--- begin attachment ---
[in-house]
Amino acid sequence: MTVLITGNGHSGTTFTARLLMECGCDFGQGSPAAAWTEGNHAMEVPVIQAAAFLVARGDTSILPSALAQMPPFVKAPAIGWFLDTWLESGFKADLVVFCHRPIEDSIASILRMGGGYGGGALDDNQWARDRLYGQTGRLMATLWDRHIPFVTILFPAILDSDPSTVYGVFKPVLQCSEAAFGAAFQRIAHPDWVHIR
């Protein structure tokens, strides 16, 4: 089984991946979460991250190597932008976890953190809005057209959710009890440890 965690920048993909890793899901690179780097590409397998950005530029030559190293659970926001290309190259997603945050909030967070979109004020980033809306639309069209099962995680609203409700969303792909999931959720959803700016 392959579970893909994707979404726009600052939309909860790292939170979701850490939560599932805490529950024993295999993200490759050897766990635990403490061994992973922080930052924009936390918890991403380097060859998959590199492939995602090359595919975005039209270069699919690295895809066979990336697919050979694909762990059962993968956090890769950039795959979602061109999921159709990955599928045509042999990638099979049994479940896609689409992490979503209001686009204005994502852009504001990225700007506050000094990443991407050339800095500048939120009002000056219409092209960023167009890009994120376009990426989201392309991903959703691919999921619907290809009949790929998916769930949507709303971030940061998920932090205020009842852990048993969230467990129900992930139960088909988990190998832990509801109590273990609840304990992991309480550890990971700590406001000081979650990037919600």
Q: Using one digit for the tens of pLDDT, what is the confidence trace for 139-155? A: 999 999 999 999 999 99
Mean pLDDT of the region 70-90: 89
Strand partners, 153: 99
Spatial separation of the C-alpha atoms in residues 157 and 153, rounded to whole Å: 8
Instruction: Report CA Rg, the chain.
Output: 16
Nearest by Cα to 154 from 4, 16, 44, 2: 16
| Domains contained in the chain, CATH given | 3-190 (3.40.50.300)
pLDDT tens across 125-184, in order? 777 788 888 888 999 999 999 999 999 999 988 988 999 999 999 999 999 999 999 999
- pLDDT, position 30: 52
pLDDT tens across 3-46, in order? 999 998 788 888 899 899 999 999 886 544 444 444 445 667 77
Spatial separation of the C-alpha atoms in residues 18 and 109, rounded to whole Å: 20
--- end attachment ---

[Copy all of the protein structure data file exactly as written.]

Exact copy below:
[in-house]
Amino acid sequence: MTVLITGNGHSGTTFTARLLMECGCDFGQGSPAAAWTEGNHAMEVPVIQAAAFLVARGDTSILPSALAQMPPFVKAPAIGWFLDTWLESGFKADLVVFCHRPIEDSIASILRMGGGYGGGALDDNQWARDRLYGQTGRLMATLWDRHIPFVTILFPAILDSDPSTVYGVFKPVLQCSEAAFGAAFQRIAHPDWVHIR
């Protein structure tokens, strides 16, 4: 089984991946979460991250190597932008976890953190809005057209959710009890440890 965690920048993909890793899901690179780097590409397998950005530029030559190293659970926001290309190259997603945050909030967070979109004020980033809306639309069209099962995680609203409700969303792909999931959720959803700016 392959579970893909994707979404726009600052939309909860790292939170979701850490939560599932805490529950024993295999993200490759050897766990635990403490061994992973922080930052924009936390918890991403380097060859998959590199492939995602090359595919975005039209270069699919690295895809066979990336697919050979694909762990059962993968956090890769950039795959979602061109999921159709990955599928045509042999990638099979049994479940896609689409992490979503209001686009204005994502852009504001990225700007506050000094990443991407050339800095500048939120009002000056219409092209960023167009890009994120376009990426989201392309991903959703691919999921619907290809009949790929998916769930949507709303971030940061998920932090205020009842852990048993969230467990129900992930139960088909988990190998832990509801109590273990609840304990992991309480550890990971700590406001000081979650990037919600």
Q: Using one digit for the tens of pLDDT, what is the confidence trace for 139-155? A: 999 999 999 999 999 99
Mean pLDDT of the region 70-90: 89
Strand partners, 153: 99
Spatial separation of the C-alpha atoms in residues 157 and 153, rounded to whole Å: 8
Instruction: Report CA Rg, the chain.
Output: 16
Nearest by Cα to 154 from 4, 16, 44, 2: 16
| Domains contained in the chain, CATH given | 3-190 (3.40.50.300)
pLDDT tens across 125-184, in order? 777 788 888 888 999 999 999 999 999 999 988 988 999 999 999 999 999 999 999 999
- pLDDT, position 30: 52
pLDDT tens across 3-46, in order? 999 998 788 888 899 899 999 999 886 544 444 444 445 667 77
Spatial separation of the C-alpha atoms in residues 18 and 109, rounded to whole Å: 20